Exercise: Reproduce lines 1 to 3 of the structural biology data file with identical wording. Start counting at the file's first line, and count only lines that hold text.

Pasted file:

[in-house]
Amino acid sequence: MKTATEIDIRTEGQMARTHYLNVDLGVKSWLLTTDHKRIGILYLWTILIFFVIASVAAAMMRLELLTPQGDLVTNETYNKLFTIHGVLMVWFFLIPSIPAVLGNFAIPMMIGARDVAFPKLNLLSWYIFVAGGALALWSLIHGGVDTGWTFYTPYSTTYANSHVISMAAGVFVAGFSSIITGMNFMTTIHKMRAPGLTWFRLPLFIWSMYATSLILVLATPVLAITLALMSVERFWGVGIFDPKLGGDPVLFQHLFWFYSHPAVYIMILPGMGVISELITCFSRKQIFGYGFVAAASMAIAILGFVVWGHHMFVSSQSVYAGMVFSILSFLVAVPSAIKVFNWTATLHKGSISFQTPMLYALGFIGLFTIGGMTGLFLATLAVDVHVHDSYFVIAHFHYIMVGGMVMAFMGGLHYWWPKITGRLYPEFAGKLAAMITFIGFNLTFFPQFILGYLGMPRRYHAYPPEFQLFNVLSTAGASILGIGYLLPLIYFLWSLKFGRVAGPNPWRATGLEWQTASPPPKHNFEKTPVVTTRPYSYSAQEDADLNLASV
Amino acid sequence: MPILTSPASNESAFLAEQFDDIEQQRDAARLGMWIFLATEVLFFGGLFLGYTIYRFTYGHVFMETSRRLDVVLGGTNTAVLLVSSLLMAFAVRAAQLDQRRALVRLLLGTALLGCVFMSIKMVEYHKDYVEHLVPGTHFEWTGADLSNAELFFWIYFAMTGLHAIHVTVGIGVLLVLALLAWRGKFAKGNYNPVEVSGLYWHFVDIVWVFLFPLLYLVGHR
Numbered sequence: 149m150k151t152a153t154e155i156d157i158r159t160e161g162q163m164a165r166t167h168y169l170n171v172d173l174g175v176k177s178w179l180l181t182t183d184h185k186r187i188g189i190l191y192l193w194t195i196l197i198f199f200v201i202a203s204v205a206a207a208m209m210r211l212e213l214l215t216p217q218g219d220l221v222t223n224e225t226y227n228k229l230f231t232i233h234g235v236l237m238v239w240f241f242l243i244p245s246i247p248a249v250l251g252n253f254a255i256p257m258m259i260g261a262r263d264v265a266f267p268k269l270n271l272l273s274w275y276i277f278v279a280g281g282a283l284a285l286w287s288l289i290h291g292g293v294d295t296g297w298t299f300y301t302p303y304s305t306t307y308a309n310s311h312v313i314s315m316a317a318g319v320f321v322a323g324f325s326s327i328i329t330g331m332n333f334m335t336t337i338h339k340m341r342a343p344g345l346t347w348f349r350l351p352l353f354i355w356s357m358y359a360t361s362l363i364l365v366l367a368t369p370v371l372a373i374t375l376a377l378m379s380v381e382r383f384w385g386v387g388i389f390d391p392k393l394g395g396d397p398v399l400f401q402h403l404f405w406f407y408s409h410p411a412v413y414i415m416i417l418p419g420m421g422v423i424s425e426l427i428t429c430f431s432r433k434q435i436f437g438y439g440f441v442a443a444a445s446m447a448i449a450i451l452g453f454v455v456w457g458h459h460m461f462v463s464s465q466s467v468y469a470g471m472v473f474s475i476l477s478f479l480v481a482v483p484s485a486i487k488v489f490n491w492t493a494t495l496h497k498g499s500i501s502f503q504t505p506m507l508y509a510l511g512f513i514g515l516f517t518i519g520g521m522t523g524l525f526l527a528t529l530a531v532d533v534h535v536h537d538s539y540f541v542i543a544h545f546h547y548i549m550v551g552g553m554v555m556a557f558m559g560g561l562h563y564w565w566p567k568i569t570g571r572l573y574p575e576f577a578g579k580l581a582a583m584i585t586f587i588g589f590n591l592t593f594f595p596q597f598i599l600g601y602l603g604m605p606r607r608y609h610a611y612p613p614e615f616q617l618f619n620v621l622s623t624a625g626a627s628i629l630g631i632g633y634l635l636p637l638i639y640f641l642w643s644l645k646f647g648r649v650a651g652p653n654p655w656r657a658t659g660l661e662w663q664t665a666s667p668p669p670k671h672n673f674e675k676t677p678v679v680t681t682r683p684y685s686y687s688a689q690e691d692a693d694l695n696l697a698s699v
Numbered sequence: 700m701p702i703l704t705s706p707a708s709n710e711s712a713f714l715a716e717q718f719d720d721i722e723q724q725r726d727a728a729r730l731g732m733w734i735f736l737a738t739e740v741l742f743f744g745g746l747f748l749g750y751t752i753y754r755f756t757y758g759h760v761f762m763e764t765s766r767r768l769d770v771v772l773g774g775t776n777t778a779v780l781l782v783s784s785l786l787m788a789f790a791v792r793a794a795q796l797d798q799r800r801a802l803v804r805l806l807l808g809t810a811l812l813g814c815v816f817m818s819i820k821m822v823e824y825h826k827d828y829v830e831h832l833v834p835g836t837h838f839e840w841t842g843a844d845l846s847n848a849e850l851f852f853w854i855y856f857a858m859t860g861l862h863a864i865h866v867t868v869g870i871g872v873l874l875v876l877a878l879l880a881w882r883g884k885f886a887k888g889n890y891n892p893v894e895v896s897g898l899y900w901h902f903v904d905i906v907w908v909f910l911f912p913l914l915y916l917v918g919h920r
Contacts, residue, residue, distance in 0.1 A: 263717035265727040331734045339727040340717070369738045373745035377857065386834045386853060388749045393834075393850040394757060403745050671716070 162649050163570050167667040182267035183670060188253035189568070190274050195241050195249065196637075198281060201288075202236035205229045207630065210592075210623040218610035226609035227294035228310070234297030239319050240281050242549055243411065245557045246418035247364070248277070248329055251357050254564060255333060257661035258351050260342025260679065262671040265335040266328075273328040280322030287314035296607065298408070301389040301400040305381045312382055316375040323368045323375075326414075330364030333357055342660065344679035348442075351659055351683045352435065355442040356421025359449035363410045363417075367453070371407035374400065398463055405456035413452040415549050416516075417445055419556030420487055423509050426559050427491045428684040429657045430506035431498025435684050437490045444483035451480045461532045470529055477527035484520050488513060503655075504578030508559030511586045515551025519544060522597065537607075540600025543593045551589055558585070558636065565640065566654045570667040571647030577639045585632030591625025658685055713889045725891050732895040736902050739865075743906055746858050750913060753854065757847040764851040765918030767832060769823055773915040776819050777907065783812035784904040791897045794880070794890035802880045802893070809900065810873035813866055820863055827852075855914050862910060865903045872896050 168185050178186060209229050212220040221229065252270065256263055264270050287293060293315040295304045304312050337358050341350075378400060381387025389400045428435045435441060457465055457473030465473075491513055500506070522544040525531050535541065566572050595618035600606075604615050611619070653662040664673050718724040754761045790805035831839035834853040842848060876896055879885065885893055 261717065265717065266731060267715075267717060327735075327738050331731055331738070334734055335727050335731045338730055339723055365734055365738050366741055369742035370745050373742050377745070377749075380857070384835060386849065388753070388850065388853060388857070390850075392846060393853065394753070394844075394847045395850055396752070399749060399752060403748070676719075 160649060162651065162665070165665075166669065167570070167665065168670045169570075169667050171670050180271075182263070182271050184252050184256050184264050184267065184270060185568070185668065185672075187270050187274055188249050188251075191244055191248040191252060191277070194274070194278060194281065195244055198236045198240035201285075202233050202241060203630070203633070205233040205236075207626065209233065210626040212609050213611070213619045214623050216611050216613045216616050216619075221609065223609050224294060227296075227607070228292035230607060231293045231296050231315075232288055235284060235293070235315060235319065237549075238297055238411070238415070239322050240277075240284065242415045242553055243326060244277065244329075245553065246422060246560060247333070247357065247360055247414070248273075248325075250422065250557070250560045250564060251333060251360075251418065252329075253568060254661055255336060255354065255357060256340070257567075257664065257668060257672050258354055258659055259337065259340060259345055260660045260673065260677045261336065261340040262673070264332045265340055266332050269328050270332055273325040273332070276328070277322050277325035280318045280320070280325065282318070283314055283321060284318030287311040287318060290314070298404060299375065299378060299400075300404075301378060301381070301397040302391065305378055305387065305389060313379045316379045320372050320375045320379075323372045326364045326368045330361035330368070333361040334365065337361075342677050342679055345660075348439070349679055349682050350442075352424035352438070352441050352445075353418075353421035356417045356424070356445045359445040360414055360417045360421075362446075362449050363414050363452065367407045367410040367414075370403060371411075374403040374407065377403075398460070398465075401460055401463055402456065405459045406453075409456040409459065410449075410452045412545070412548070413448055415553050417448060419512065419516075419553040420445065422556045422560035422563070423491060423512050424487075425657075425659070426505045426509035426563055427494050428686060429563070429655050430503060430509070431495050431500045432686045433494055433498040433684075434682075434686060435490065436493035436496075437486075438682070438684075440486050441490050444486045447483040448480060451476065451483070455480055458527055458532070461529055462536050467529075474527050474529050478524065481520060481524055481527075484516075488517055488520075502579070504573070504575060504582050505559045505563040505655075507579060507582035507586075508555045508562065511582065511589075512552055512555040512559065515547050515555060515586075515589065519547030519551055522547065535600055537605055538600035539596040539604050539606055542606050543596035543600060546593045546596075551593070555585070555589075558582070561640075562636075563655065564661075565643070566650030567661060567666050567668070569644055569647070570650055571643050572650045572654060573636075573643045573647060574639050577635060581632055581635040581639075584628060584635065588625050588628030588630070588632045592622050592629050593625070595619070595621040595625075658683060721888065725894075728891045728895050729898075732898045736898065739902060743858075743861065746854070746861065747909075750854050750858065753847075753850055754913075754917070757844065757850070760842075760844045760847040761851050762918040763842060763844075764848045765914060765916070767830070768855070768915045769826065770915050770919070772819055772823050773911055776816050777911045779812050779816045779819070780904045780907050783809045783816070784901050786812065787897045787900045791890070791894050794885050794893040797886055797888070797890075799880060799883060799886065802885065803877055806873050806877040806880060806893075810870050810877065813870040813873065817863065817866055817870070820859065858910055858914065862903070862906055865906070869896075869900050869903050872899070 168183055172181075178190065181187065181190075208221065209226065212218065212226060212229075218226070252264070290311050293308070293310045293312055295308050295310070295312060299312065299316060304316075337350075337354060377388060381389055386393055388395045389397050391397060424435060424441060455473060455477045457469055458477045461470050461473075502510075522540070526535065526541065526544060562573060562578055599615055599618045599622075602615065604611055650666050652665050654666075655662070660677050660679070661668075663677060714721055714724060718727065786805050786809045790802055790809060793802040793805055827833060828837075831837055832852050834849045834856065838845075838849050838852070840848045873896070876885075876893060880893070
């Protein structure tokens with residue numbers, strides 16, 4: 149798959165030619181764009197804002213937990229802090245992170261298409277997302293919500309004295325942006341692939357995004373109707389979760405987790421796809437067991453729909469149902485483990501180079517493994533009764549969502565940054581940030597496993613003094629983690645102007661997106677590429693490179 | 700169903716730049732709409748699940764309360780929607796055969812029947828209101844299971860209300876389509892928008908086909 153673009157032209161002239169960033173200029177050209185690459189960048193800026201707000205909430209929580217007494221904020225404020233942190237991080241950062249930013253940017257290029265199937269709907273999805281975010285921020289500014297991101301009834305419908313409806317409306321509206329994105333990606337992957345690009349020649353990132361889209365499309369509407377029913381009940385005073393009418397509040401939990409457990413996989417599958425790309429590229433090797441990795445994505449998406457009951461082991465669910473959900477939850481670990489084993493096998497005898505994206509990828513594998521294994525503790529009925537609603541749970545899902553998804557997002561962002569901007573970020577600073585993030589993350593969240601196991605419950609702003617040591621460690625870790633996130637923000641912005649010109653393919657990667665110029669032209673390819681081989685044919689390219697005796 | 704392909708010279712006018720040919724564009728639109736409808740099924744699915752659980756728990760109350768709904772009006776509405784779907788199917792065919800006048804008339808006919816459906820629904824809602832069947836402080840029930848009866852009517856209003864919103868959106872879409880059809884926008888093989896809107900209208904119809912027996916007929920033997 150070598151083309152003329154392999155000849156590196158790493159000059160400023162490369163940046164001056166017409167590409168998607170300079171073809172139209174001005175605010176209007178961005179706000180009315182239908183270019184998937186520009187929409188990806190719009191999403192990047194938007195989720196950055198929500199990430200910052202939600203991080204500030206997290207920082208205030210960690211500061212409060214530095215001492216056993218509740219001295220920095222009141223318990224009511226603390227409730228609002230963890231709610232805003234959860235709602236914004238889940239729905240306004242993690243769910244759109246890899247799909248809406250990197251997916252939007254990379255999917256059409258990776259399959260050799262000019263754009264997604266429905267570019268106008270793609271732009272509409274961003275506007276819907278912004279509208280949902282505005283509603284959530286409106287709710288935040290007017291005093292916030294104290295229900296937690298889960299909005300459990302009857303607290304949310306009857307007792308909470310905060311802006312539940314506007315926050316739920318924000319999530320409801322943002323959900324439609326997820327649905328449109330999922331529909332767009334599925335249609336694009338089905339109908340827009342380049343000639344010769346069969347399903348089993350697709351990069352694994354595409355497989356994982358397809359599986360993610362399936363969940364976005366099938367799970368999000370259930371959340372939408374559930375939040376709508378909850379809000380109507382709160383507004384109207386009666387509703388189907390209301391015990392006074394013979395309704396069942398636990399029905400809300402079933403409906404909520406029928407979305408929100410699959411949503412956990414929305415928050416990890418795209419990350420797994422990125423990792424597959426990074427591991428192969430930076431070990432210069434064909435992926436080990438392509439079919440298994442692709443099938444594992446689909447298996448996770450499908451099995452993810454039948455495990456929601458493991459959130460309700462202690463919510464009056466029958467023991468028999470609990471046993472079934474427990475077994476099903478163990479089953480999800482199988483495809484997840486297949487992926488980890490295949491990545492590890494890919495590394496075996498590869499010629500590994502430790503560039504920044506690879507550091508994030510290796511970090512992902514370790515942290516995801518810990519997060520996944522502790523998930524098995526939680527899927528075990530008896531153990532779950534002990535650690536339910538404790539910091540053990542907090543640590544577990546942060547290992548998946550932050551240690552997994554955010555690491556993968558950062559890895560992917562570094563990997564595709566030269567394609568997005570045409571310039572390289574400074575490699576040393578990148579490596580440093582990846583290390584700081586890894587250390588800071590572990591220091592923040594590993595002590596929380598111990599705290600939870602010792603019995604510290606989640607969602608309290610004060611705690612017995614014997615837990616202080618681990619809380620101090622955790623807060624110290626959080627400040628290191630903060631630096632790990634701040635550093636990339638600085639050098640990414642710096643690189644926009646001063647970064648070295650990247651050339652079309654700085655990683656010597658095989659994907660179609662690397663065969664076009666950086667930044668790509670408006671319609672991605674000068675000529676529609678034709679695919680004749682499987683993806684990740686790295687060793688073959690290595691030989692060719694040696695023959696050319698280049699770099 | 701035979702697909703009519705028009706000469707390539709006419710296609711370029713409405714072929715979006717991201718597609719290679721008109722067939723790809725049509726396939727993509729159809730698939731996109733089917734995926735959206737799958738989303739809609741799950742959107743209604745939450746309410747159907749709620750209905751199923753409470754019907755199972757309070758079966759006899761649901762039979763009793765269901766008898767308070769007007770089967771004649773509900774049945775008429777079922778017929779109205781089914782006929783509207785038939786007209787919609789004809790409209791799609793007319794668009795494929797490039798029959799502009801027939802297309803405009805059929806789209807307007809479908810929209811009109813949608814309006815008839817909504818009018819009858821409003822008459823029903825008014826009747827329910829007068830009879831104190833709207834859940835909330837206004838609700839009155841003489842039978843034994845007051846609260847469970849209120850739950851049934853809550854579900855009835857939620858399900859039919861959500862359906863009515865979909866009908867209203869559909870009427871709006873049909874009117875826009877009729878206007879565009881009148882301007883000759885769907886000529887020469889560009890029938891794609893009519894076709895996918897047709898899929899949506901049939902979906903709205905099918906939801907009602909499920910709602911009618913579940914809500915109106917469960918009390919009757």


[in-house]
Amino acid sequence: MKTATEIDIRTEGQMARTHYLNVDLGVKSWLLTTDHKRIGILYLWTILIFFVIASVAAAMMRLELLTPQGDLVTNETYNKLFTIHGVLMVWFFLIPSIPAVLGNFAIPMMIGARDVAFPKLNLLSWYIFVAGGALALWSLIHGGVDTGWTFYTPYSTTYANSHVISMAAGVFVAGFSSIITGMNFMTTIHKMRAPGLTWFRLPLFIWSMYATSLILVLATPVLAITLALMSVERFWGVGIFDPKLGGDPVLFQHLFWFYSHPAVYIMILPGMGVISELITCFSRKQIFGYGFVAAASMAIAILGFVVWGHHMFVSSQSVYAGMVFSILSFLVAVPSAIKVFNWTATLHKGSISFQTPMLYALGFIGLFTIGGMTGLFLATLAVDVHVHDSYFVIAHFHYIMVGGMVMAFMGGLHYWWPKITGRLYPEFAGKLAAMITFIGFNLTFFPQFILGYLGMPRRYHAYPPEFQLFNVLSTAGASILGIGYLLPLIYFLWSLKFGRVAGPNPWRATGLEWQTASPPPKHNFEKTPVVTTRPYSYSAQEDADLNLASV
Amino acid sequence: MPILTSPASNESAFLAEQFDDIEQQRDAARLGMWIFLATEVLFFGGLFLGYTIYRFTYGHVFMETSRRLDVVLGGTNTAVLLVSSLLMAFAVRAAQLDQRRALVRLLLGTALLGCVFMSIKMVEYHKDYVEHLVPGTHFEWTGADLSNAELFFWIYFAMTGLHAIHVTVGIGVLLVLALLAWRGKFAKGNYNPVEVSGLYWHFVDIVWVFLFPLLYLVGHR